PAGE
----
Your mental wellness requires a global revolution. In fact, your physical wellness requires one, too.
For many years, I have noticed that there are people doing good social change work for mild reform. That is nice, but during my work in what we affectionately call the “mad movement,” I have often called for revolution, because the change we need is so big! Please do not misunderstand me, we need to attempt a peaceful revolution, which I do not think has been adequately tried; however, I am not a pacifist.
How do you know that a revolution has started? How does it feel? Maybe one has started but we did not get the memo? Or maybe you will start one? What is the connection between peaceful, nonviolent revolution and violent revolution, if any?
Given global warming, inequality, and so many other problems such as bee colony collapse, etc., etc., most people I talk with agree that there needs to be a revolution. My amazing wife, Debra, has helped name our revolution “Love Earth Revolution,” and maybe your name for this revolt is different?
It seems that whenever I hear about big problems in the world, the person concludes by saying that we know what needs to be done, we have the technology, a solution is affordable, but we need to act urgently and the main question is, “Do we have the collective will?”
There is a moral paralysis that blocks necessary revolution. Even Pope Francis is calling for a revolution because of global warming and poverty!
Hmmm, paralysis, seems like I might have some tips about that subject, in fact, maybe the disability movement might be able to help?
Martin Luther King, Jr. said in his speeches and essays for about a decade that we all needed to be “creatively maladjusted” to oppression. In fact, he said that the future of the world lay in the hands of the “creatively maladjusted.” MLK said that we are in dire need of a new organization that he called, “International Association for the Advancement of Creative Maladjustment.” Because this was an obvious reference to NAACP, many in his audiences would laugh, but there is a very serious side here.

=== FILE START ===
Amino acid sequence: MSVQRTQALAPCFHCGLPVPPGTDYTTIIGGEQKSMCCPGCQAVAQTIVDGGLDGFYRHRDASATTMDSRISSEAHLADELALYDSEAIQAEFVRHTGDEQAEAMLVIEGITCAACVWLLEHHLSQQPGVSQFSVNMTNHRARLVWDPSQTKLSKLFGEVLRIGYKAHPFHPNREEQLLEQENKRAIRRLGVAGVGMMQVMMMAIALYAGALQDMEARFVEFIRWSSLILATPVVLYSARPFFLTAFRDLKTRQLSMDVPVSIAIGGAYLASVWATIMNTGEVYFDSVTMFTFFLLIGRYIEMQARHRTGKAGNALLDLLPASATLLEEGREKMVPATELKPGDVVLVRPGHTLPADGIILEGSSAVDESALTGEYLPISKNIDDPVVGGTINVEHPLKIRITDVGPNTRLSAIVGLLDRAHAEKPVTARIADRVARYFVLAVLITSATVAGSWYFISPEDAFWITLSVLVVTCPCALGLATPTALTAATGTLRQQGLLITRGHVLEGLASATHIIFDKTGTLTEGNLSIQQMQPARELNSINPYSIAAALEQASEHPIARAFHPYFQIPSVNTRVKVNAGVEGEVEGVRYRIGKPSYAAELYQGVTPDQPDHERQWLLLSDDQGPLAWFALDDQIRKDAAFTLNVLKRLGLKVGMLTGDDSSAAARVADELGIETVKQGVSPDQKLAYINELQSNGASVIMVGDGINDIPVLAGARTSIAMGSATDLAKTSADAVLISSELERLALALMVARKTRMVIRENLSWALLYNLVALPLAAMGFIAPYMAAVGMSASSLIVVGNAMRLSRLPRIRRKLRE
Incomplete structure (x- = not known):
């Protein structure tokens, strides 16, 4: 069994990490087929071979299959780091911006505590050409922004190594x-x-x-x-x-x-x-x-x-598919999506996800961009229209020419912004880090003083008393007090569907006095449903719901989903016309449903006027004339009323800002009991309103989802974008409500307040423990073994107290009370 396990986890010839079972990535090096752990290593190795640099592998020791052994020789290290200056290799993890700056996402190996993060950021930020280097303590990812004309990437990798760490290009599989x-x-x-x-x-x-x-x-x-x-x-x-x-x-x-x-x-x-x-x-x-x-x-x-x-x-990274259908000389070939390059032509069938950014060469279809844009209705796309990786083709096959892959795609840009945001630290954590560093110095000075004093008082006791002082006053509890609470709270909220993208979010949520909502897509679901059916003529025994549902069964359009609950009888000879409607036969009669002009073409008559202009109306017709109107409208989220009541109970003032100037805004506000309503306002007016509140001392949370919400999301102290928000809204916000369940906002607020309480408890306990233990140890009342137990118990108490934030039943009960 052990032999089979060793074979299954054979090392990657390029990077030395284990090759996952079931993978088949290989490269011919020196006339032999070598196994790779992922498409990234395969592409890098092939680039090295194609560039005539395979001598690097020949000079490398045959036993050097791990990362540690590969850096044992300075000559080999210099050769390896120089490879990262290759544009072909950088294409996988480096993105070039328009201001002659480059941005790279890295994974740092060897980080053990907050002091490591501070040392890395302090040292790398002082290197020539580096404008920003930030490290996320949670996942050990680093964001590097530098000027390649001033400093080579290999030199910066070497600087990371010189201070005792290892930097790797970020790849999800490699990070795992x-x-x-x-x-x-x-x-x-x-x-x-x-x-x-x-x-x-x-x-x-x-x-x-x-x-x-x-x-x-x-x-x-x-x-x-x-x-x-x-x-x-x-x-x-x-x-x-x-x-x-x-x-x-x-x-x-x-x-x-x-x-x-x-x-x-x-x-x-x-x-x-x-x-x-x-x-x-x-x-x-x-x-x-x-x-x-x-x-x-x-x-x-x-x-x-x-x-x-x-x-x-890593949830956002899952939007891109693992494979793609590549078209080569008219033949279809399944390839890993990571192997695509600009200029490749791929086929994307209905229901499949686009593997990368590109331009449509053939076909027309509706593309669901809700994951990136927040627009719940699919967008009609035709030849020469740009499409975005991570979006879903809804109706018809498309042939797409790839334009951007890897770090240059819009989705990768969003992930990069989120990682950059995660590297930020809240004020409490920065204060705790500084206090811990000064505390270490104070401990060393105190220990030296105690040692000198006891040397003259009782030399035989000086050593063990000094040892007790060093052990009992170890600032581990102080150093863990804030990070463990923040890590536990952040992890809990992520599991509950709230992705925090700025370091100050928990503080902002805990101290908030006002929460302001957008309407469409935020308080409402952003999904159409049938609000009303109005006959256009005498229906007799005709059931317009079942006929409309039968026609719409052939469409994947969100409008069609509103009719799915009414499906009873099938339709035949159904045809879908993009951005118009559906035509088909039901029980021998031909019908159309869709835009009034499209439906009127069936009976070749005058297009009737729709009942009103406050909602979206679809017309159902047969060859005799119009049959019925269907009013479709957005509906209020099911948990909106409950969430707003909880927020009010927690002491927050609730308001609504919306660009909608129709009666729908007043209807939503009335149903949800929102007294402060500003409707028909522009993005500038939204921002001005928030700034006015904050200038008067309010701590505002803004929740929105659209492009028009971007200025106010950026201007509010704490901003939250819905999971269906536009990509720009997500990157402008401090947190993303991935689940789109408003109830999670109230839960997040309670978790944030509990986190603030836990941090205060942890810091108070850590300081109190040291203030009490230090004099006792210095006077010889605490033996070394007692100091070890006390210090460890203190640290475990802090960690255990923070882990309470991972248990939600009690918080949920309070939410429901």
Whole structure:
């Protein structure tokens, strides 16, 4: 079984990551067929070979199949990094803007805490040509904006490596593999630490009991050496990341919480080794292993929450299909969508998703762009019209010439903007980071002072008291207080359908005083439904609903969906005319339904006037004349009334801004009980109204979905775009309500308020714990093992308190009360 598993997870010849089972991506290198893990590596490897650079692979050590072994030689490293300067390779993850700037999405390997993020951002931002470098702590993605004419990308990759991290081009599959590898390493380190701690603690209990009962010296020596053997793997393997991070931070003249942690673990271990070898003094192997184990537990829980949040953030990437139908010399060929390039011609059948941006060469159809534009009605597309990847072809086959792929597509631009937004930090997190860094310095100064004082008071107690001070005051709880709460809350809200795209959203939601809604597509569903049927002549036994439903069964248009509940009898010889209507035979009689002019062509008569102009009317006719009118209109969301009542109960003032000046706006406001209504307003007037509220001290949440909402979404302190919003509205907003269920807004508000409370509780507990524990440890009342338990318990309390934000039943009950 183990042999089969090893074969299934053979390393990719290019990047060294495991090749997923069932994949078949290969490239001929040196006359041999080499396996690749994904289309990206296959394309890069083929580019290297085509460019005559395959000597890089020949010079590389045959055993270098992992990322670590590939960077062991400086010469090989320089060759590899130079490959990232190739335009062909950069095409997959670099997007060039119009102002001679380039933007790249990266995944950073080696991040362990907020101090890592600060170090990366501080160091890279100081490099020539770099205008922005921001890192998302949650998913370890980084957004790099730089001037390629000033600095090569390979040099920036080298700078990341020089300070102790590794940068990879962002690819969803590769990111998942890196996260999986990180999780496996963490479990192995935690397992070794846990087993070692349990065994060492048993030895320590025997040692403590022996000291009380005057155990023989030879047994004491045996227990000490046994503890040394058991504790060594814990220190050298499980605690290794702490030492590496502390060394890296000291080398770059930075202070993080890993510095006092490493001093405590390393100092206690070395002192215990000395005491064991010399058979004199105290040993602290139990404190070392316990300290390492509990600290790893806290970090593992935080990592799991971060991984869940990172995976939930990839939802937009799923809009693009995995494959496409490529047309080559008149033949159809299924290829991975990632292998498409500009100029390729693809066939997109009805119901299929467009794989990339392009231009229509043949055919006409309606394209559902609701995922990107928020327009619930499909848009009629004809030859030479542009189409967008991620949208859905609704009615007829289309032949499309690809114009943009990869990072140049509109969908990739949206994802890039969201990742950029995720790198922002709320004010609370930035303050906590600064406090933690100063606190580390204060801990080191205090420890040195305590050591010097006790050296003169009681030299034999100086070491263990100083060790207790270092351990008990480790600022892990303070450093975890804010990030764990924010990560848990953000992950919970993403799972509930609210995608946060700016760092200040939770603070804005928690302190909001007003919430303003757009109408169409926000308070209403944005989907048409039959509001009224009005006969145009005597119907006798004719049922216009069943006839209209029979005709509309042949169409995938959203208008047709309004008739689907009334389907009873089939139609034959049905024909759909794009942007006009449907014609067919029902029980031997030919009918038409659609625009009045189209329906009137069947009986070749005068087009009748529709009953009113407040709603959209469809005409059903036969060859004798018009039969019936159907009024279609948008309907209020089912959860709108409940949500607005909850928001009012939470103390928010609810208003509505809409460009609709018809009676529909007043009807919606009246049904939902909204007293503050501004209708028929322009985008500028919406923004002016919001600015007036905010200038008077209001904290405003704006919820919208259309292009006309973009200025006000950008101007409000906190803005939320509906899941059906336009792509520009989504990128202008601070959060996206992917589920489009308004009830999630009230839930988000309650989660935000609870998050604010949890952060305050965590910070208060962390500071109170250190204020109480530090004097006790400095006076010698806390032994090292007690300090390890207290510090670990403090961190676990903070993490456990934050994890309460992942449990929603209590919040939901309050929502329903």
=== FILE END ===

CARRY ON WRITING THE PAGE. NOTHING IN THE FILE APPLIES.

As many readers of this blog know, a few years ago, the mental health activist group MindFreedom launched Creative Maladjustment Week to help make MLK’s vision real. Tomorrow, July 7, is the start of this year’s CM week. Each day has been given a theme which you can read below:
July 7 – Day of Creativity
July 8 – Day of Action & Movement
July 9 – Day of Laughter & Joyful Noise
July 10 – Day of Kindness: This Friday, by the way, I will celebrate out at the Oregon Country Fair. The honorary chair of the IAACM has long been the real Patch Adams. Patch will speak at the Front Porch at 1:00 PM, however, we hear that he will be at the Community Village stage at 5:00 PM to kindly address creative maladjustment. Folk singer David Rogers will do a sign-along of the ancient freedom rebellion song, The Thoughts Are Free!
July 11 – Day of Self Care
July 12 – Day of Community Care
July 13– Legacy of Lunacy
July 14– Day of PRIDE: This is also Bastille Day and for decades, psychiatric survivors have used this day for international protest about changing the mental health system. When the revolution in France overthrew the Bastille, a psychiatric survivor was in there!
Your Leadership is Needed!
We know that leadership is best when it is near equal and everyone is a leader! This leaderful approach is known as a horizontal approach. That means you are in charge of creative maladjustment week, if you choose to! As long as your activity is in sync with the values of MLK, the sky is the limit.